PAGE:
Class Times, Monday, 1-4pm - room 5-216
4.184 is an intensive introduction to methods of making explored through a wide range of brief but focused 1-week exercises. We'll engage the real and leave behind representation in the focused context of this class gaining skills for utilizing a range of fabrication machines and technologies from lasercutting, waterjet, 3D printing, welding, formworking-molding, casting, gears, joints and composites.
In this workshop we'll constrain ourselves to the territory of the 1:1. Students will represent architectural constructions at full scale and develop a more intimate relationship with technology by engaging the tools and techniques that empower us. We will gain access to the most cutting edge machines and technologies in the MARS lab at the Center for Bits and Atoms.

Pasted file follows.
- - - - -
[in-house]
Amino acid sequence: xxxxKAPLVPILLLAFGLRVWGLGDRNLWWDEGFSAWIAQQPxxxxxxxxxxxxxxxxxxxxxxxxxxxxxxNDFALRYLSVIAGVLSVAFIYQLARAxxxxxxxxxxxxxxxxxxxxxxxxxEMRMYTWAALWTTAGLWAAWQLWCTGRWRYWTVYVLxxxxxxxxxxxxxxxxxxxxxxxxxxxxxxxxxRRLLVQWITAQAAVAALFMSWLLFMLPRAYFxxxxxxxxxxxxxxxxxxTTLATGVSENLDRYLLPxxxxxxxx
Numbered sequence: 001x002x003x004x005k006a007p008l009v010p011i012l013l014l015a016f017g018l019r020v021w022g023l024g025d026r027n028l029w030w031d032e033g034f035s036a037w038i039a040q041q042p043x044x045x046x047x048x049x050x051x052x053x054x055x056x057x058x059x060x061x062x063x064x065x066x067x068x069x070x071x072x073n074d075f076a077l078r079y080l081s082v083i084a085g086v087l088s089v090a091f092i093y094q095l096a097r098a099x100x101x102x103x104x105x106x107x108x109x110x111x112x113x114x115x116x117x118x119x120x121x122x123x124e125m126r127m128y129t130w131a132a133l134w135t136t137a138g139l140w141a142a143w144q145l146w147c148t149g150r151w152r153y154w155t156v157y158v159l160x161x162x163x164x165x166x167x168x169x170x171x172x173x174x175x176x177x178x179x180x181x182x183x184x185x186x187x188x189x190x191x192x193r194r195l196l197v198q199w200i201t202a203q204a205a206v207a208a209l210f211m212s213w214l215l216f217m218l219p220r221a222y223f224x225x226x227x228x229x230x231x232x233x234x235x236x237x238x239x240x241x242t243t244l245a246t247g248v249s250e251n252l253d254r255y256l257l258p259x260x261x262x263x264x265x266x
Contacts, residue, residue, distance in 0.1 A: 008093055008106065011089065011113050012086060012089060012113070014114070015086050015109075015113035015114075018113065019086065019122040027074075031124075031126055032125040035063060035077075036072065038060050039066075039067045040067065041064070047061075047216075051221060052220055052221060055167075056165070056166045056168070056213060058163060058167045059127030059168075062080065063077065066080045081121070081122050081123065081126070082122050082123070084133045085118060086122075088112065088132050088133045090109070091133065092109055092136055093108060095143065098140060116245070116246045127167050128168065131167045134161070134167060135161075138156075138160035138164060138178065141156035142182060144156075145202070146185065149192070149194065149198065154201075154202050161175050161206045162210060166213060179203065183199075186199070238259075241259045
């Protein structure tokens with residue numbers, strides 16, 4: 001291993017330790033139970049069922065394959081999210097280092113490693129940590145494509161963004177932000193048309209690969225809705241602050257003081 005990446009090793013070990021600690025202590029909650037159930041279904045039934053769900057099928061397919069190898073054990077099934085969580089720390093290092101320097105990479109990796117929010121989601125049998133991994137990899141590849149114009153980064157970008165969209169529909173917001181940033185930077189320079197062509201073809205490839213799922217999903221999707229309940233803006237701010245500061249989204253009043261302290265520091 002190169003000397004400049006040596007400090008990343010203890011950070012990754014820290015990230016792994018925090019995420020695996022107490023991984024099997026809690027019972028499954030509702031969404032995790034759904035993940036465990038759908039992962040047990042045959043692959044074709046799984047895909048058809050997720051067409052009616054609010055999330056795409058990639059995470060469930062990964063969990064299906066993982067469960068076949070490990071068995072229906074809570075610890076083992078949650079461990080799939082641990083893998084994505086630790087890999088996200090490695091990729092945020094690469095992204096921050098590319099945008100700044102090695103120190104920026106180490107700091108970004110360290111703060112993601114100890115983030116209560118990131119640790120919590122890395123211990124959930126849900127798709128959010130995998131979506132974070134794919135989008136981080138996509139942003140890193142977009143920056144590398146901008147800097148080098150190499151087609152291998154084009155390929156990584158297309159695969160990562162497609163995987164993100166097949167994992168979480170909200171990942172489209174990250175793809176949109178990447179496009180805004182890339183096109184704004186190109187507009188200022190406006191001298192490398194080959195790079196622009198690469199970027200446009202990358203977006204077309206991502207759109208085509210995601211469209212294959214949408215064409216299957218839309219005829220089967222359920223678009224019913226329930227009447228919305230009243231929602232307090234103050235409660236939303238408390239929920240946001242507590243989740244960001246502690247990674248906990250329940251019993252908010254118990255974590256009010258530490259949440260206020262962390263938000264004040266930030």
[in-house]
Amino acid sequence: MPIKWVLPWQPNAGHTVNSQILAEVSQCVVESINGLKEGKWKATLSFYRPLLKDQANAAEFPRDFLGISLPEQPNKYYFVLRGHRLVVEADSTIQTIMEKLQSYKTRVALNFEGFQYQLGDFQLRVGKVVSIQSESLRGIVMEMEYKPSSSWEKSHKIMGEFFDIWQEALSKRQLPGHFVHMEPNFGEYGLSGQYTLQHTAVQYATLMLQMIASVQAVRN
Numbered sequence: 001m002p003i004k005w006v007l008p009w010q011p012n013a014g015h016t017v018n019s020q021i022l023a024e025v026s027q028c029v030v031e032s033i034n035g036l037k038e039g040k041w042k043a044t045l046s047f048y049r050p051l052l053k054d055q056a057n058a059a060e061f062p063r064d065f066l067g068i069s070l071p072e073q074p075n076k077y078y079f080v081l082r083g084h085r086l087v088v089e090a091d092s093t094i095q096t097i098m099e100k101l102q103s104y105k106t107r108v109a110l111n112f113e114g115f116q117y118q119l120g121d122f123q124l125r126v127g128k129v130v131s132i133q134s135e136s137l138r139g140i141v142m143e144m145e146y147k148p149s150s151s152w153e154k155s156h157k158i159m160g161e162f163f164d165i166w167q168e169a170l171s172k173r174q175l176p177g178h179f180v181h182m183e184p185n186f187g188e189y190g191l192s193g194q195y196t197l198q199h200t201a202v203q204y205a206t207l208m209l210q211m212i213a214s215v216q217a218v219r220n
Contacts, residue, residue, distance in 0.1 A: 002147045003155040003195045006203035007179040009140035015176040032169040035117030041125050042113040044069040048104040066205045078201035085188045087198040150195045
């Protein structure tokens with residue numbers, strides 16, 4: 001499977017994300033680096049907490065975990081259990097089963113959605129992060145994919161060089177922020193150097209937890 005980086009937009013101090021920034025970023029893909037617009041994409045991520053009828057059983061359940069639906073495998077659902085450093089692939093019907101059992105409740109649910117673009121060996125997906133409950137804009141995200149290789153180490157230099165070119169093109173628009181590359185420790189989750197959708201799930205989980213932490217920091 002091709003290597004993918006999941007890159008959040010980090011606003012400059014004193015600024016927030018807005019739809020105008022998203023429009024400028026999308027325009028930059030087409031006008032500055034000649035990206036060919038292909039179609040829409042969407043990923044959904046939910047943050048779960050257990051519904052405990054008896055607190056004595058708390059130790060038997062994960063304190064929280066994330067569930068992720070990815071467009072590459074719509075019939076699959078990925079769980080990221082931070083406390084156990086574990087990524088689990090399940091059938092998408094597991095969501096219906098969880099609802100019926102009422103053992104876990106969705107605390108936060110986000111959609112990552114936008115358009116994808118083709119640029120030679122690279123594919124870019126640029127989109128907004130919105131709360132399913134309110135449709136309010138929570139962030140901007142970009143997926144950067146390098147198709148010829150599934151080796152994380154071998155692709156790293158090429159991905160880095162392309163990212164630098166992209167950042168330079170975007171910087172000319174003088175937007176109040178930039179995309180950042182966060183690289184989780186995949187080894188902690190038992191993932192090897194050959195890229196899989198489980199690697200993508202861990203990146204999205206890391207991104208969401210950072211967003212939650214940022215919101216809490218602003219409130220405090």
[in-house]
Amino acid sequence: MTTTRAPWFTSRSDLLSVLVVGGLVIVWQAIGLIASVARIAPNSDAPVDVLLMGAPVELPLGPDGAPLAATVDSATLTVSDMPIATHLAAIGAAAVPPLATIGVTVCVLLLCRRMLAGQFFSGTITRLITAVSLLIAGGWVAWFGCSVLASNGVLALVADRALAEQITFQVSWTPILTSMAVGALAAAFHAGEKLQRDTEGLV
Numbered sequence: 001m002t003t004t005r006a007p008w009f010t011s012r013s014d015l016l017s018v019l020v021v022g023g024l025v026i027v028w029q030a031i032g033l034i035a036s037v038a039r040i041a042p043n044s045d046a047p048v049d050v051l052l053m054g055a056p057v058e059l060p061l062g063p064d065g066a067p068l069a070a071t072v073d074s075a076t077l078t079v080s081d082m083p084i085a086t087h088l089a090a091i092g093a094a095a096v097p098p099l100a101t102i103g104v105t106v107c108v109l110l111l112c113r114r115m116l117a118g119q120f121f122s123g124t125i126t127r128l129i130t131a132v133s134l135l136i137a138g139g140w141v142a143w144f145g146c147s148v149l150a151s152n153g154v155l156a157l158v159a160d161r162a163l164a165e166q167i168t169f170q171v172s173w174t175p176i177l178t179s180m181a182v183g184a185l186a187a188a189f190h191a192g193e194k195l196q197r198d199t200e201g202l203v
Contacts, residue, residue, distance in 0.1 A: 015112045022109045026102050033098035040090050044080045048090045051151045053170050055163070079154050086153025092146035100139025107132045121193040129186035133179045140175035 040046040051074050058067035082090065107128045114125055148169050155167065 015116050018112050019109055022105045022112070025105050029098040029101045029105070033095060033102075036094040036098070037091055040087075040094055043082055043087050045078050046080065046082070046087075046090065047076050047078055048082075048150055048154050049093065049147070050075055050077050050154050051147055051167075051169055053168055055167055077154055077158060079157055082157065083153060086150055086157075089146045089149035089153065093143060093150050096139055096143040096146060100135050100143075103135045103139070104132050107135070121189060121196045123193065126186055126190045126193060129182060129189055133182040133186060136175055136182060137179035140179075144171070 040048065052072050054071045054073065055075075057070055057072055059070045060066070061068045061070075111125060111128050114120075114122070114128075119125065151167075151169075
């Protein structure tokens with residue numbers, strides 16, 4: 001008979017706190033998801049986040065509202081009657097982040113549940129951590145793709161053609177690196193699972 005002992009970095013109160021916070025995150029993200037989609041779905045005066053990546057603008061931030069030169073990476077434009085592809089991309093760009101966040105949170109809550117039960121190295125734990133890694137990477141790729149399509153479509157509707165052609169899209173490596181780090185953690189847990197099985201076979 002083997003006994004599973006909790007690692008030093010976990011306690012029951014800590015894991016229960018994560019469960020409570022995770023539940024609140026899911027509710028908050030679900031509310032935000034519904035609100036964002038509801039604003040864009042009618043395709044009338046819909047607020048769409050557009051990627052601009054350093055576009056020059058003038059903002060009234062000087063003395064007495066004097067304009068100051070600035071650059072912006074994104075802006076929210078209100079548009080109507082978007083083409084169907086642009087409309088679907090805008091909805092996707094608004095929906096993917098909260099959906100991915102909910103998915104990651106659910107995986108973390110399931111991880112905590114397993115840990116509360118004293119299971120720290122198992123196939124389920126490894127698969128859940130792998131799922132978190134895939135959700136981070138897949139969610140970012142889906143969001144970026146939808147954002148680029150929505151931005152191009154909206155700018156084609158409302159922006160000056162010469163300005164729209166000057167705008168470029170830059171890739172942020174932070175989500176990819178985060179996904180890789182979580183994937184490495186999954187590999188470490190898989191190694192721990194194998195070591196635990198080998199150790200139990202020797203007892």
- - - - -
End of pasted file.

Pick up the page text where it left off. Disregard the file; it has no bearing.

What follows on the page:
The second layer of information for this course will be to look at a series of case studies in which construction methods and technologies have played a dominant role in the design process .
Over the past 20 years, architects have focused on the technology of representation to create new ideas of what architecture could be. Looking back today, much of that research failed to substantially change the way we design buildings by focusing on apriori formal configurations. This class makes the contention that this failure comes from a lack of considerations of the potentials within fabrication knowledge. We look to the future of what building might become, given the expanded palette of personalize-able technologies available to us as architects. Students will participate in curious technological and material investigations, to discover the potentials, known and unknown, for these various technologies.
The sub-disciplines of what's drawn and what's built have been compartmentalized and disassociated as the representational tools of architecture have distanced themselves from the techniques of making. At the same time the technologies for “making” in architecture have provided us with new possibilities for reinventing how we translate into reality, the immaterial representations of architecture.


%d bloggers like this: